Tuesday, February 17, 2015

‘Money destroys human roots’ - Simone Weil

Nevertheless, the prevailing view in the West is that there is a hierarchy of sorts in the modern democracies, a hierarchy founded on individual merit. John Dunn on West. This attempt, however, to render equality and difference compatible reflects the ‘political and social confusion’ that Simone Weil observed. Meritocracy justifies differences of social status defined quantitatively by wealth, by money, in a world where money makes more money. It also encourages the perversity of individuals who strive to be materially different, whether for honour, reward or survival, which has led to a world of increasing sameness, uniformity and conformity. To apply wealth as the defining factor circumscribes status within the measure of human estimation, to that which is easily calculable. It renders beings uniform, so that there can never be anything singular. Everything, everyone, now conforms with the standard of universal measurement.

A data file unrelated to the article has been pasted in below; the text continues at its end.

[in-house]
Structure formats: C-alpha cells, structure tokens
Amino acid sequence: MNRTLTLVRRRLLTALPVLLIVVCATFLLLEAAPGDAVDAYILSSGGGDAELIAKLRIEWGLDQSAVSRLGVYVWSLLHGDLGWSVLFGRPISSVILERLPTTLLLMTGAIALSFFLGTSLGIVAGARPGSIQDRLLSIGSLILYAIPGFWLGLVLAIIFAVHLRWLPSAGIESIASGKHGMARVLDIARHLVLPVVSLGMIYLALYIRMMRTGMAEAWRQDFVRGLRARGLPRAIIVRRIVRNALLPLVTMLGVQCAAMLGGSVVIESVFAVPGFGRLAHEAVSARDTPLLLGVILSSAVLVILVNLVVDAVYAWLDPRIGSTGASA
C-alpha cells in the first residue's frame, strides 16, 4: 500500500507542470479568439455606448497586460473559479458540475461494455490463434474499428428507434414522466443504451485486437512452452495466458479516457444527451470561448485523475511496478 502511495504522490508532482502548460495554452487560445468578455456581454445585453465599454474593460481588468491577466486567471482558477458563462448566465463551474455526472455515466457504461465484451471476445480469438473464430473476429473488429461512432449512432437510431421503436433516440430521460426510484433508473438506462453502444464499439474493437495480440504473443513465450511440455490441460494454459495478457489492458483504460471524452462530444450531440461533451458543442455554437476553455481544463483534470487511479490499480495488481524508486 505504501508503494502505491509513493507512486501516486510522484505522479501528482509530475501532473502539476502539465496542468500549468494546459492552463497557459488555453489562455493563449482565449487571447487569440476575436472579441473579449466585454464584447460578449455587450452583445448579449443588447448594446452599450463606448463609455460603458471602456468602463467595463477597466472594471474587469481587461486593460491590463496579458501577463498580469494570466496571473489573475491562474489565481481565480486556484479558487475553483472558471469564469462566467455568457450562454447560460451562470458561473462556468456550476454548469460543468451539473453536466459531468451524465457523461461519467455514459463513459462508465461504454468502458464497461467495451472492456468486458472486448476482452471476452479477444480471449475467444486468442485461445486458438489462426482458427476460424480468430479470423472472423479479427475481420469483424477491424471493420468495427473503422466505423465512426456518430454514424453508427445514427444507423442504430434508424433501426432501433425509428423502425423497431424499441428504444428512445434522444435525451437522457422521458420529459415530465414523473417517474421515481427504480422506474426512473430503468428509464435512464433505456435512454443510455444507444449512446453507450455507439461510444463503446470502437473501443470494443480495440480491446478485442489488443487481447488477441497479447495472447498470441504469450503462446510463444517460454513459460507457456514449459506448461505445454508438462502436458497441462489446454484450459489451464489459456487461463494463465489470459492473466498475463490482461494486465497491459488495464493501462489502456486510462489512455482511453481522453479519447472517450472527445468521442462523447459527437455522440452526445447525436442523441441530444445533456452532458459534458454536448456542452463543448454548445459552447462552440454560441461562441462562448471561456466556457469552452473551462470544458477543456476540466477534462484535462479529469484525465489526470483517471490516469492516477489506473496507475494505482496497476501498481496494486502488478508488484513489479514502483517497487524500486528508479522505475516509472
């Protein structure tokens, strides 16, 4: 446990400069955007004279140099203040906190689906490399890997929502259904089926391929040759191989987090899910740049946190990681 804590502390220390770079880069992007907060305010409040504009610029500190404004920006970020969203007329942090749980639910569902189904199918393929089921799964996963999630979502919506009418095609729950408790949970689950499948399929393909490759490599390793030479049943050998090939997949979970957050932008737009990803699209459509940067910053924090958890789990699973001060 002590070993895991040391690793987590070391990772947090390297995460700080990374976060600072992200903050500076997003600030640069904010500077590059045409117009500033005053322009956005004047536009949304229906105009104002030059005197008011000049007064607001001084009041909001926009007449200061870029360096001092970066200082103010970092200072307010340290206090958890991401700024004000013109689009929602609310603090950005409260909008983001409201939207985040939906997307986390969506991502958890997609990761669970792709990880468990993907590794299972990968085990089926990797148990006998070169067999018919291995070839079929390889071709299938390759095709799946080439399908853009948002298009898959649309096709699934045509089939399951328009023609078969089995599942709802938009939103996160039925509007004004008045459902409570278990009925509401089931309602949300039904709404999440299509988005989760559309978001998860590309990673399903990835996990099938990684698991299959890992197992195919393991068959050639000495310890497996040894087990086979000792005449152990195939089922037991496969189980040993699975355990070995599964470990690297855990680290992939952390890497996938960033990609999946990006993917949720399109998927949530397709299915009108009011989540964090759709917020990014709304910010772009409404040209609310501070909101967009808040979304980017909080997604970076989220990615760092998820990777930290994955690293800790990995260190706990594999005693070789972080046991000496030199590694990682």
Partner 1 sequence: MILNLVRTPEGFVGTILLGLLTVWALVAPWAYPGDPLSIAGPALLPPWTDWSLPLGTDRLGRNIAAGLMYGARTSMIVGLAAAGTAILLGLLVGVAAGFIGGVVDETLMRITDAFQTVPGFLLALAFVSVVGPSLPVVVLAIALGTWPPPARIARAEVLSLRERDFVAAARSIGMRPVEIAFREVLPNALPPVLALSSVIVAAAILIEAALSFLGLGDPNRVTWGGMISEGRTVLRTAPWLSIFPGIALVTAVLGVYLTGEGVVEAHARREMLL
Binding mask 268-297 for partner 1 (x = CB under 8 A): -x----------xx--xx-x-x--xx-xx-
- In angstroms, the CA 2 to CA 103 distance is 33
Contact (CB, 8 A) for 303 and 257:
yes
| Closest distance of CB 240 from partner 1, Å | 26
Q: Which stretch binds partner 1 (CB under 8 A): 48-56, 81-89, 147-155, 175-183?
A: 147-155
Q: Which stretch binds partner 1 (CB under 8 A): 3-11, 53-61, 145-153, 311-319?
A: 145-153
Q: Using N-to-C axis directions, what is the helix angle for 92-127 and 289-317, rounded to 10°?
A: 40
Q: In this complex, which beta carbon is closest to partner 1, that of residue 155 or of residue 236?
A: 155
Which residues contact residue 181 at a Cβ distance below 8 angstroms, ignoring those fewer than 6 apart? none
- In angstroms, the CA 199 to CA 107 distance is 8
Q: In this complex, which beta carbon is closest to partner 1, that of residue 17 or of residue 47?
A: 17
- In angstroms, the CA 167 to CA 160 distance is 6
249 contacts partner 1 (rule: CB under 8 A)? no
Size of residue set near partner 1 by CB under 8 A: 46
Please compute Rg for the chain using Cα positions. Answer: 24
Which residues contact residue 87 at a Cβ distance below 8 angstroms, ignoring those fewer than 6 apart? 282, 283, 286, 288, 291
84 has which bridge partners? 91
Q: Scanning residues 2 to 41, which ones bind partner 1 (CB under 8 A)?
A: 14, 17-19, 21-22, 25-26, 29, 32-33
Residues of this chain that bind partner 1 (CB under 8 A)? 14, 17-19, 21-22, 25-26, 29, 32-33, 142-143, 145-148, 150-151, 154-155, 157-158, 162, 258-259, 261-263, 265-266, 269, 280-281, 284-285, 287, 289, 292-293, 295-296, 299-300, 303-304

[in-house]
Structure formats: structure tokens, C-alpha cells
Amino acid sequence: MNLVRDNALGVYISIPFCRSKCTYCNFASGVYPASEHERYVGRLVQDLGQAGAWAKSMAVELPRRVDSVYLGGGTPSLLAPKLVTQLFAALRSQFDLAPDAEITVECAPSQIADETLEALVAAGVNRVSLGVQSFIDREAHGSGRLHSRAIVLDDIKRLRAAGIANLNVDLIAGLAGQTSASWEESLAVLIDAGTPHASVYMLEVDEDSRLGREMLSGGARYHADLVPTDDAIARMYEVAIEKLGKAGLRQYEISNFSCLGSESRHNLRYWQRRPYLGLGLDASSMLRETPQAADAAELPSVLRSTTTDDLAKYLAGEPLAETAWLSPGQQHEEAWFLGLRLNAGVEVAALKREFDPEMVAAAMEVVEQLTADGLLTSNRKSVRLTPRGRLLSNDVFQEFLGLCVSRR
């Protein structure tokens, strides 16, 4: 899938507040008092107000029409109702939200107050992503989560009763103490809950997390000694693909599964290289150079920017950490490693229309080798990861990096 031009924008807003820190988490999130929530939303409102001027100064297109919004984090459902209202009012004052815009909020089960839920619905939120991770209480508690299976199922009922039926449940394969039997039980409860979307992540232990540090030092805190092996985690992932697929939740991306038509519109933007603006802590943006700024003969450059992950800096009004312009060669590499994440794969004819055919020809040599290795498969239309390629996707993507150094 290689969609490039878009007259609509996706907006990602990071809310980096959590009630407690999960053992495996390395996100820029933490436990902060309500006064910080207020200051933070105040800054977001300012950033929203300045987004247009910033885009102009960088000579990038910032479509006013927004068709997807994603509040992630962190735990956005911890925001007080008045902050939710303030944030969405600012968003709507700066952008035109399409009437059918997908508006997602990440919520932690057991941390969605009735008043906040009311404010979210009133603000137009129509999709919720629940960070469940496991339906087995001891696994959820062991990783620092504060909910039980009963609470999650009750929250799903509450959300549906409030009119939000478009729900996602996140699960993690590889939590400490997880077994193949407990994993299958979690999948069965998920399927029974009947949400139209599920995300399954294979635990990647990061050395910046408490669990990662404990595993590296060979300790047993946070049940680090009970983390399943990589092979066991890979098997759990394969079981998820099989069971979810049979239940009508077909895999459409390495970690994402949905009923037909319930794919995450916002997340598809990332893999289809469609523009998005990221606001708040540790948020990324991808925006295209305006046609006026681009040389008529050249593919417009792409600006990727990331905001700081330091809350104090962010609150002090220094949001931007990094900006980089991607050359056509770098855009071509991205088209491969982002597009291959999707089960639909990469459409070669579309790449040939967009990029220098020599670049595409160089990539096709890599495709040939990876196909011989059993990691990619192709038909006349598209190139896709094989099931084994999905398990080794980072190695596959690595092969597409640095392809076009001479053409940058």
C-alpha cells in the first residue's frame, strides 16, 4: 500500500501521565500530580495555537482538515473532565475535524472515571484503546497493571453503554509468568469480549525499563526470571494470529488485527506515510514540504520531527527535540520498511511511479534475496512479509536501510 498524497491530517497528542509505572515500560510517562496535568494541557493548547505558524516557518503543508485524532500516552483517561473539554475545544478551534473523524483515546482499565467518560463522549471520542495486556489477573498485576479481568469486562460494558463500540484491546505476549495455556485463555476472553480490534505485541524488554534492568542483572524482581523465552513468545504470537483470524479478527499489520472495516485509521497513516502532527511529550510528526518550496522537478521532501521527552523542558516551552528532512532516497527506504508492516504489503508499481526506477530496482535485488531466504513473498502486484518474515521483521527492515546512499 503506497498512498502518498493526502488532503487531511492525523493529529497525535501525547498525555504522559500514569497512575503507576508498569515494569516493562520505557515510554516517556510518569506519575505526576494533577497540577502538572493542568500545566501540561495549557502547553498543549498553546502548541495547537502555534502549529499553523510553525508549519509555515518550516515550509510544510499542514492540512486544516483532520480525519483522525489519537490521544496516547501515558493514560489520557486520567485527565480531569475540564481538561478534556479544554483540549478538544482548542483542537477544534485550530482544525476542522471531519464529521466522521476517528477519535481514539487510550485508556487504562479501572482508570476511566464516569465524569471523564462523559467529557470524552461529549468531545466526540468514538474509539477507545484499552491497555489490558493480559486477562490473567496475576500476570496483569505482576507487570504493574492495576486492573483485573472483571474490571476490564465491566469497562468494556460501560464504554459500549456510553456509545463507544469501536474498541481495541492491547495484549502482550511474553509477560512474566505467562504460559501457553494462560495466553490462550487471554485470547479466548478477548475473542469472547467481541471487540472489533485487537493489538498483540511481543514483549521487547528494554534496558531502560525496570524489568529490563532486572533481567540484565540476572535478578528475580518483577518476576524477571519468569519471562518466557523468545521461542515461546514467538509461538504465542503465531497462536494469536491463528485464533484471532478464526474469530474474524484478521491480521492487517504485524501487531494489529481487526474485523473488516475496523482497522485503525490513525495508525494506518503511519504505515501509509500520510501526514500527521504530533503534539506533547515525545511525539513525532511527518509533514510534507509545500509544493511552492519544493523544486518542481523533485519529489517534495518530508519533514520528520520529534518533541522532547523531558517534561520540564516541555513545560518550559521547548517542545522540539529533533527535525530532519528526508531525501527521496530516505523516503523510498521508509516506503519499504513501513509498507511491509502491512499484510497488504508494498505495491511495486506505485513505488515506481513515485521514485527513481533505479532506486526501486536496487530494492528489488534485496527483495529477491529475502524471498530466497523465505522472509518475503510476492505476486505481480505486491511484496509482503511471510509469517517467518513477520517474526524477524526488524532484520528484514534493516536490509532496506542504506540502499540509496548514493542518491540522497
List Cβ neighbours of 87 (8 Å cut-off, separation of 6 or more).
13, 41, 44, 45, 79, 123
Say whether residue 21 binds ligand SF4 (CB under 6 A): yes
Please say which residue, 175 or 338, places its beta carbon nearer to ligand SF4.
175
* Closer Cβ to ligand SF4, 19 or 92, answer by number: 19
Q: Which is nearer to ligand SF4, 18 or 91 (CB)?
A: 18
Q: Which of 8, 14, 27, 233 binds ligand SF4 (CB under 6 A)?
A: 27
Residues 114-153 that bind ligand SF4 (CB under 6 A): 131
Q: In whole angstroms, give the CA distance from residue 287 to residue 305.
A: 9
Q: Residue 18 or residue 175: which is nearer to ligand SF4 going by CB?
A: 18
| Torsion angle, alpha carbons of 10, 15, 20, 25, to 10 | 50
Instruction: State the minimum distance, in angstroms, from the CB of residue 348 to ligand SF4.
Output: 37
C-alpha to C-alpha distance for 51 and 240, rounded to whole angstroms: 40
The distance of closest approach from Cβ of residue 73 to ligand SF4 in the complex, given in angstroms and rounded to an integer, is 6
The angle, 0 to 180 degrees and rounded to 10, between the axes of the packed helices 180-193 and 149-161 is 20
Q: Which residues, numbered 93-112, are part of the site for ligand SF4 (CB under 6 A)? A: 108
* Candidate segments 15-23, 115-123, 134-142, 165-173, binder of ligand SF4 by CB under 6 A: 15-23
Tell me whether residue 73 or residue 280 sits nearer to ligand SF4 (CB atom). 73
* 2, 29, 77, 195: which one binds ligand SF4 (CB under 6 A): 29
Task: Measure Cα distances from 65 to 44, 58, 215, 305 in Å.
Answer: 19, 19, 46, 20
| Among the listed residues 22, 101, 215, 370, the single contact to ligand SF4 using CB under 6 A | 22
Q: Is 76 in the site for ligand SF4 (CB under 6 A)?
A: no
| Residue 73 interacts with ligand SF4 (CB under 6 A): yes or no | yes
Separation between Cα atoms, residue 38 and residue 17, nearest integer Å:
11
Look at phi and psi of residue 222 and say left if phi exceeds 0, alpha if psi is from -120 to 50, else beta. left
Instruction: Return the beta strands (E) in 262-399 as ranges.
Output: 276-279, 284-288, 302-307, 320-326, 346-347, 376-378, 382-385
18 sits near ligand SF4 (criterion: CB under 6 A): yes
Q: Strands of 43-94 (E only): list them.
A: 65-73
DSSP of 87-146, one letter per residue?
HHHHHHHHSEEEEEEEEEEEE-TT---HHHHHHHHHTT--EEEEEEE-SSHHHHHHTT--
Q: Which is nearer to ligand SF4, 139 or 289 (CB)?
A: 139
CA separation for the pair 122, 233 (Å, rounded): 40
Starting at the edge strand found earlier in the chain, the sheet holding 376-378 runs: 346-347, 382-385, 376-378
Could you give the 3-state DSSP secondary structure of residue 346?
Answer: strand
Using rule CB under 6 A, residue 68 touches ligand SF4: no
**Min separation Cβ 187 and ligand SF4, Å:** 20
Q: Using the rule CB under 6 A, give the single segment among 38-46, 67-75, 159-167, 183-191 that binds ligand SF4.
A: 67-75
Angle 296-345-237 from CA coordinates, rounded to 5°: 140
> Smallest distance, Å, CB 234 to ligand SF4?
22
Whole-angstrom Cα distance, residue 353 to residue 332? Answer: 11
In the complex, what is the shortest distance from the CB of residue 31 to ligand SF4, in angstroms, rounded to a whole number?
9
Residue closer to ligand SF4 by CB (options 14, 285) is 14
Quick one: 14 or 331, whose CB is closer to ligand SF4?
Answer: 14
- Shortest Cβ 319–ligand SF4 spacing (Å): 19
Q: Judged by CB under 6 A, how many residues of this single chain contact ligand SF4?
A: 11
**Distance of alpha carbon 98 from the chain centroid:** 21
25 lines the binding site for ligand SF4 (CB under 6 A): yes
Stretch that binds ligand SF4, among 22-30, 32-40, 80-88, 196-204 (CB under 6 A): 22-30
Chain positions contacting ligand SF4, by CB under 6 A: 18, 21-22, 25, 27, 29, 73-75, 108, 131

‘Money destroys human roots’, exclaimed Weil, ‘wherever it is able to penetrate, by turning desire for gain into the sole motive. It easily manages to outweigh all other motives, because the effort it demands of the mind is so very much less. Nothing is so clear and so simple as a row of figures’.

Not surprisingly, Simone Weil expressed economic activity as being subordinate to ‘the needs of the soul’. John Dunn on order. In addition to the necessity of obligation, she also cited order, obedience and hierachism as essential to the soul’s well being. Equality was included in her list too, but this was not the destructive 1=1 equality of liberal ideology. Weil was specific in recommending that a ‘way of rendering equality compatible with differentiation would be to take away... all quantitative character from differences’. In Weil’s vision, natures would have access to a qualitative equality as souls, not horizontally amongst themselves, but vertically with regard to God.

© John Dunn.
From www.drjohndunn.com 
 

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